450 travel companies are at a “real risk”Including around 160 tour operators
Tough trading in the travel industry
Travel companies are finding it tough, according to a report from Company Watch. The report says that there are 1,800 (26% of the UK travel industry) with a “warning rating”.
Of these, 450 are at “real risk”, including around 160 tour operators.
The H Score
Information analysed by Company Watch is given a ‘H Score’. This is derived from a company’s published financial results and how closely the accounts resemble those of companies which subsequently failed.
A company spokesperson said:
“We actually predict if a company will fail, which we can prove with the information we hold on the report.”
Company Watch reports on various industries on a regular basis. In a report based on the construction industry last year, Companies Watch warned of the possible failure of two companies.
“There were two main companies that we knew where going to go into liquation and they did do. [This was based] purely on the H Score.”
To help to protect their money, holidaymakers need to be aware of who they are booking with, and if the company provides financial protection. The protection provided depends on how the holiday was booked, and what it contains.
All package holidays sold in the UK should include financial protection, should their travel company go out of business. This means that the holidaymaker should get a full refund if they haven’t travelled, or be repatriated if they are enjoying the holiday at the time of the company closing.
Package holidays also provide holidaymakers with other legal rights should there be a problem with the holiday.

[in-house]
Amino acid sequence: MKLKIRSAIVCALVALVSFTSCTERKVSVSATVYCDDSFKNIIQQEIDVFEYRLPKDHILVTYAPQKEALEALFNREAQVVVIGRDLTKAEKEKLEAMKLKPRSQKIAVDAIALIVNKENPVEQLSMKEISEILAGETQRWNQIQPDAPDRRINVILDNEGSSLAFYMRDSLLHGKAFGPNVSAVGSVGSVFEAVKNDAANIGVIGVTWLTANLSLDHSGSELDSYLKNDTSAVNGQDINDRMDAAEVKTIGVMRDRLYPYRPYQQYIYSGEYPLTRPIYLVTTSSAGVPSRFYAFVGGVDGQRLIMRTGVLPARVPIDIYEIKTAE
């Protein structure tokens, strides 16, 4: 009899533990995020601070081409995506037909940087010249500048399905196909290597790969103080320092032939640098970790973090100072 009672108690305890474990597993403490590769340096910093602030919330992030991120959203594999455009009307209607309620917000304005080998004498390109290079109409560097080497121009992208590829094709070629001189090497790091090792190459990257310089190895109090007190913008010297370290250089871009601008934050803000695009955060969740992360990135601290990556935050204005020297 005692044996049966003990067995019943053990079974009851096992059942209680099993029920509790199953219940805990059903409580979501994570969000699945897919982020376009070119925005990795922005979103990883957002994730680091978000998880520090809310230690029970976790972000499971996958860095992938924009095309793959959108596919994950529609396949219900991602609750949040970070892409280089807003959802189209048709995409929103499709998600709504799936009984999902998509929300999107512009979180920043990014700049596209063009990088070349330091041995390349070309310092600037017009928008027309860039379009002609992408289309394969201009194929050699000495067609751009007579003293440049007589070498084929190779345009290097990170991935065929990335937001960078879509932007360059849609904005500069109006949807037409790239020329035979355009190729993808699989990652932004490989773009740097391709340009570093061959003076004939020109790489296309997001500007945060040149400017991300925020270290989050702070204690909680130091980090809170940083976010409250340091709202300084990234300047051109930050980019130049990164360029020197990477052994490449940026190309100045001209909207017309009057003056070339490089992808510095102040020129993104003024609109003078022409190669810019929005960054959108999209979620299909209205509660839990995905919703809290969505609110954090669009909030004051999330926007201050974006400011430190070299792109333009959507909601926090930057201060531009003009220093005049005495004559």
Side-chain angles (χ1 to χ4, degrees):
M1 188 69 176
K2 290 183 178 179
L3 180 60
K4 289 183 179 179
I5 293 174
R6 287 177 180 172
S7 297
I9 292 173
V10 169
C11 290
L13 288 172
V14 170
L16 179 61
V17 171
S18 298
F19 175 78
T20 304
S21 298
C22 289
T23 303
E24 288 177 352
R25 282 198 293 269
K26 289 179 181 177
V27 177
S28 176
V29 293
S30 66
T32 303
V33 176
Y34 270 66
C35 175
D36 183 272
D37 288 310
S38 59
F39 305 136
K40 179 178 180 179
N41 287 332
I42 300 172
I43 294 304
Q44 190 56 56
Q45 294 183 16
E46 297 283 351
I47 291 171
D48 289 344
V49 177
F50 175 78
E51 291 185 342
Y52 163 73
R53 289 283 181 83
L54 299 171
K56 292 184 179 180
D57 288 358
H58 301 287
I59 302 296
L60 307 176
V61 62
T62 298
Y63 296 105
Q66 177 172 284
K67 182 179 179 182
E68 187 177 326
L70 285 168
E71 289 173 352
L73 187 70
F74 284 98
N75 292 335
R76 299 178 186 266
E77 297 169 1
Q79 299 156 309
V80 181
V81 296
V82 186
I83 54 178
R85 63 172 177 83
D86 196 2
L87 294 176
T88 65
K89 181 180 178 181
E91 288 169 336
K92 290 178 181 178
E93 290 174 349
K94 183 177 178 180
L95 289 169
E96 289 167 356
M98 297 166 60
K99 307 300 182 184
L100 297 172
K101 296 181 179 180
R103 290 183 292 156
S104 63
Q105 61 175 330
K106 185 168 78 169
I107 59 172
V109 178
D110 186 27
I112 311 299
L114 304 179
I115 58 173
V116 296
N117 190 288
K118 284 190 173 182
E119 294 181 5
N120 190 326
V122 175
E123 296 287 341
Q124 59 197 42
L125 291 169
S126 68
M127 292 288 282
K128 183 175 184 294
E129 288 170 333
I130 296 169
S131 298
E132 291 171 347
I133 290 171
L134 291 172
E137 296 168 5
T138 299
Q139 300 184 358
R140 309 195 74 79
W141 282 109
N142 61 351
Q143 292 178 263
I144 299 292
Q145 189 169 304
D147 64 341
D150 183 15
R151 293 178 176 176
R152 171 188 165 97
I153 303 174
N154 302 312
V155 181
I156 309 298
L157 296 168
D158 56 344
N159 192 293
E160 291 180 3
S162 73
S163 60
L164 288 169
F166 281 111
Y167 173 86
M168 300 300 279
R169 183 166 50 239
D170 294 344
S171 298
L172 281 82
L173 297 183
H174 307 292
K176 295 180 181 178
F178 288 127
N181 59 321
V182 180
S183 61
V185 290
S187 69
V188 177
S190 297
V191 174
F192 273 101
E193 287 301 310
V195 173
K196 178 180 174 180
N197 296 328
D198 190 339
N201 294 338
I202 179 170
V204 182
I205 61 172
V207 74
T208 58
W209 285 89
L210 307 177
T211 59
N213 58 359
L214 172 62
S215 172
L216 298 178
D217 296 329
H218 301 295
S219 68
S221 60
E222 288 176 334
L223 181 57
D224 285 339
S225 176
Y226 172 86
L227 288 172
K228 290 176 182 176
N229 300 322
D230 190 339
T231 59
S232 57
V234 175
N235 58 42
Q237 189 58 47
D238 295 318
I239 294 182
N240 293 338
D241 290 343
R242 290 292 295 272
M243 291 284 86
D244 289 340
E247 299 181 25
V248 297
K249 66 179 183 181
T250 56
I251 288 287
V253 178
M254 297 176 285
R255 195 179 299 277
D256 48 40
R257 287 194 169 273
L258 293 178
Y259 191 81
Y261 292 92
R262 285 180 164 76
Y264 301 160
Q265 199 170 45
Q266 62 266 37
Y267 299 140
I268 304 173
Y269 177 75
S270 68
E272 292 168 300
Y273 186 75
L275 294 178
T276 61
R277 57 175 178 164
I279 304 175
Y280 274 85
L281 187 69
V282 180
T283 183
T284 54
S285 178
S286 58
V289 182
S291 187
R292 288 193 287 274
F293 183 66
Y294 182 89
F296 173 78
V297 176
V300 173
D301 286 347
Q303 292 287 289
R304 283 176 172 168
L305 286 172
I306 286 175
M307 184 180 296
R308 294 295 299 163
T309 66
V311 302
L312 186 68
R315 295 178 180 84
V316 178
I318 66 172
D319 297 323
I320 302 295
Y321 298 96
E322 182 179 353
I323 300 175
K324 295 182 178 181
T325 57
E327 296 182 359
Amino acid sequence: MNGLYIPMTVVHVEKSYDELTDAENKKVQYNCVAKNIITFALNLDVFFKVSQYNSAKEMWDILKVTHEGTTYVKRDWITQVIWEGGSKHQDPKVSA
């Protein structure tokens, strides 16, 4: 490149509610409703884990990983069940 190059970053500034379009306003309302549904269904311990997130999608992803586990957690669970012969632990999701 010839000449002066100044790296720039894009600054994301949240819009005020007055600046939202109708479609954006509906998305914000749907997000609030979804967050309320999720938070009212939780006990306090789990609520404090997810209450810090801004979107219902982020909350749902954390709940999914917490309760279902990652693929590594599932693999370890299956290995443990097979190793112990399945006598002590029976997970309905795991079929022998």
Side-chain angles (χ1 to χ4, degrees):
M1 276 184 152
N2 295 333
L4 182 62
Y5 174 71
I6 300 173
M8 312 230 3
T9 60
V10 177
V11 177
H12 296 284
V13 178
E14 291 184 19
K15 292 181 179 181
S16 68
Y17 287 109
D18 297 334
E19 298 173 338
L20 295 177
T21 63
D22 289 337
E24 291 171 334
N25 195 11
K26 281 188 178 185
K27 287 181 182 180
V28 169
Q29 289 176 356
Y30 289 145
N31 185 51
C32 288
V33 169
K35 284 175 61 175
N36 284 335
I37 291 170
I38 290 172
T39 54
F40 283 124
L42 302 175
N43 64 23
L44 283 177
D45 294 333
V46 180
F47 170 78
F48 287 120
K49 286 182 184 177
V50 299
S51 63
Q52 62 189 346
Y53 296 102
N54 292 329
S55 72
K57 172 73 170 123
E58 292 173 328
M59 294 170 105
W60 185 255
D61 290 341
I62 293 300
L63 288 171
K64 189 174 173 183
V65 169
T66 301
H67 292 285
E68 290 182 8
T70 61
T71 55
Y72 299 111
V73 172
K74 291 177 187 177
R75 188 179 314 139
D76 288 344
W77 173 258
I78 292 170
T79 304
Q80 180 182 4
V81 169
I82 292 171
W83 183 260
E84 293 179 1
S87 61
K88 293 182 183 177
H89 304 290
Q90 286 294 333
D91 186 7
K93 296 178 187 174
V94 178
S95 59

ABTA, which uses a bonding system, last year found more than 100 travel businesses that were selling package holidays without having proper financial protection in place.
These companies were referred to the relevant authorities.
Atol covers holidays with flights
People booking a holiday that is ATOL protected should always receive an ATOL Certificate.
Financial protection from travel companies is usually provided by bonding, trust accounts or by insurance.
Just checking that a company provides financial protection isn’t always a guarantee. Low Cost Holidays did state that their holidays were covered.
However, as they were based in Spain, the guarantee did not match that provided by UK companies. It turns out that while EU companies based in a member state can sell their services to someone in another member state, they don’t have to provide the consumers rights that the client could get locally.
A pan European financial protection scheme is something that Frank Brehany, Consumer Director for HolidayTravelWatch called for in a speech to the member states, but there “was no appetite for it whatsoever”.
“We need to be careful as consumers about those contracts that we make, and make sure that there is adequate consumer protection in place.”
ABTA – a ‘record low’ number of failures
In a statement, ABTA, the Travel Association, said that the association was experiencing a “record low” in the number of members failing. Also that the members’ strategies for adversity had to match the standards set by the association.
Around a third of the holidays for this summer will be booked during January and February. However, instead of stories about great deals and new places to visit, there are warnings of scams, misleading advertising and collapsing companies.